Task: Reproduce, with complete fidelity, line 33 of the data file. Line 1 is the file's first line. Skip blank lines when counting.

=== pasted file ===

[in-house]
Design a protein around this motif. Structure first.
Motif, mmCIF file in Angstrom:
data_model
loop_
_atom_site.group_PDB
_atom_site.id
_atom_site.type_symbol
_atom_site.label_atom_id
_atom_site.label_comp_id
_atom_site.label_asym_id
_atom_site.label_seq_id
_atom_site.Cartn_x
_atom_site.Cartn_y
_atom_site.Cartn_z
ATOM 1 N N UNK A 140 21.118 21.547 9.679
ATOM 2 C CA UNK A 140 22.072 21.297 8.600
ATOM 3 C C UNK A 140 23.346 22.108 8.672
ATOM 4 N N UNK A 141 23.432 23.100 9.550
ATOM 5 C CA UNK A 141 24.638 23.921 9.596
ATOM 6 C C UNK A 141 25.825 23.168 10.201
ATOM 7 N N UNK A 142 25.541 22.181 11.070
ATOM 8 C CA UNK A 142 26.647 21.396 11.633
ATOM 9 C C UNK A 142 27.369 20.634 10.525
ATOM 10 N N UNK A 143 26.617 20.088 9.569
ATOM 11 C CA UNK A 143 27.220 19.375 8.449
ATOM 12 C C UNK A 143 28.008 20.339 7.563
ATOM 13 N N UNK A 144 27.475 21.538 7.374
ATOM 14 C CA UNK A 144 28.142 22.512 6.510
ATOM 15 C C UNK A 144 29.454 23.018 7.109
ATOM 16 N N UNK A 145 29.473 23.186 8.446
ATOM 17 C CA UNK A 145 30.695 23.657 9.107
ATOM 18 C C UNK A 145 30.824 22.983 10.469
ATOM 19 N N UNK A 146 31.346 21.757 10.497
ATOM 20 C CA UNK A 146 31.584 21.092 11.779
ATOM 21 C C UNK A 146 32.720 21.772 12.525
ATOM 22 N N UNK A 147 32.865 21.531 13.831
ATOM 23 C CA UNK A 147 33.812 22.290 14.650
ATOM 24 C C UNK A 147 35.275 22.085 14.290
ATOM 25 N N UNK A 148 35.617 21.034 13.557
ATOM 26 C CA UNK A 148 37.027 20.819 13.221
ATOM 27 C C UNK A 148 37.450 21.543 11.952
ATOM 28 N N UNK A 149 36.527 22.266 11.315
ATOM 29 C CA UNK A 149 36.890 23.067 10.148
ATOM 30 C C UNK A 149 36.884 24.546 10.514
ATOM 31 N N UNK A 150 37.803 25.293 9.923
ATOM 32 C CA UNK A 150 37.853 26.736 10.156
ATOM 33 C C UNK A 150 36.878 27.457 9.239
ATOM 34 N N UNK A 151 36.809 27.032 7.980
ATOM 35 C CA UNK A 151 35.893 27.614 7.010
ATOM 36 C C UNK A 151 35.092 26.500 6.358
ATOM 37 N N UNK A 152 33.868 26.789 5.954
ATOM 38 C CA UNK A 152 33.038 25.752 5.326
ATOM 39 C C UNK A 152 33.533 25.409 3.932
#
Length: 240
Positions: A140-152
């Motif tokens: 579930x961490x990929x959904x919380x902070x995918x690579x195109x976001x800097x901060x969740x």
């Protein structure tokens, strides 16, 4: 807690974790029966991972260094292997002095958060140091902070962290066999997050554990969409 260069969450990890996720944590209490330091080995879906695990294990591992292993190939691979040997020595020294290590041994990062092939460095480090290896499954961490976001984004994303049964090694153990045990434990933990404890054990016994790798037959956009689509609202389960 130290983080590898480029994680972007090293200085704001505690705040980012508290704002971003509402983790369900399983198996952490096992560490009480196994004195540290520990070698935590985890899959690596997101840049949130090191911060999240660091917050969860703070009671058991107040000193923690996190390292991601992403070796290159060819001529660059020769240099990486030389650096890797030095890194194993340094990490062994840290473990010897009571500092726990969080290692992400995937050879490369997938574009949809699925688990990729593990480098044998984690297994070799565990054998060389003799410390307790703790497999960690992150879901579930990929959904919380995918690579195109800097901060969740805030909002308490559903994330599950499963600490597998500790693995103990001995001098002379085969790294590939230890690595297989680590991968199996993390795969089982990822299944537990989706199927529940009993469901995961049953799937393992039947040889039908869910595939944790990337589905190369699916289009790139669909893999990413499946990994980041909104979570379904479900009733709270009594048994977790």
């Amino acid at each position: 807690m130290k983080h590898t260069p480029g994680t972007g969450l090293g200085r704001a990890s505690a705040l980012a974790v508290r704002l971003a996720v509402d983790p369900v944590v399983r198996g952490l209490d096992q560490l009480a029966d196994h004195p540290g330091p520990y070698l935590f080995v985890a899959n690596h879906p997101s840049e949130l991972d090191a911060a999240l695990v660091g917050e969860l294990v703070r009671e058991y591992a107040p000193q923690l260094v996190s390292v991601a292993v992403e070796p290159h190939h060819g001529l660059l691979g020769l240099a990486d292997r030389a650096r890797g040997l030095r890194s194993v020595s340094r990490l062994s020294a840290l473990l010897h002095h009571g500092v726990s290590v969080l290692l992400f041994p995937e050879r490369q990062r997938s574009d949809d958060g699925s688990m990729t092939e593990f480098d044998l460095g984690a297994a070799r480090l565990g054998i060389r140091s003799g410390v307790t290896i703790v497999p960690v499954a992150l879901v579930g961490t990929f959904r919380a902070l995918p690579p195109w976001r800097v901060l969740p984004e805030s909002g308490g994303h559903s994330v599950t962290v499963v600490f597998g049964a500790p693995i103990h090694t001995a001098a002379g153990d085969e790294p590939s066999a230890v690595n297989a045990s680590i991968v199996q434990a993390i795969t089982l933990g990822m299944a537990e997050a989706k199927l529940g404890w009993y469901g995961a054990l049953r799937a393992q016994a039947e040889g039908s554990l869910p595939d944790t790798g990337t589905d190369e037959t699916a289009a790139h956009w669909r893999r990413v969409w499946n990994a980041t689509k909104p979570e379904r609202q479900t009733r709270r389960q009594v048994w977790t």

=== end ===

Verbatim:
ATOM 18 C C UNK A 145 30.824 22.983 10.469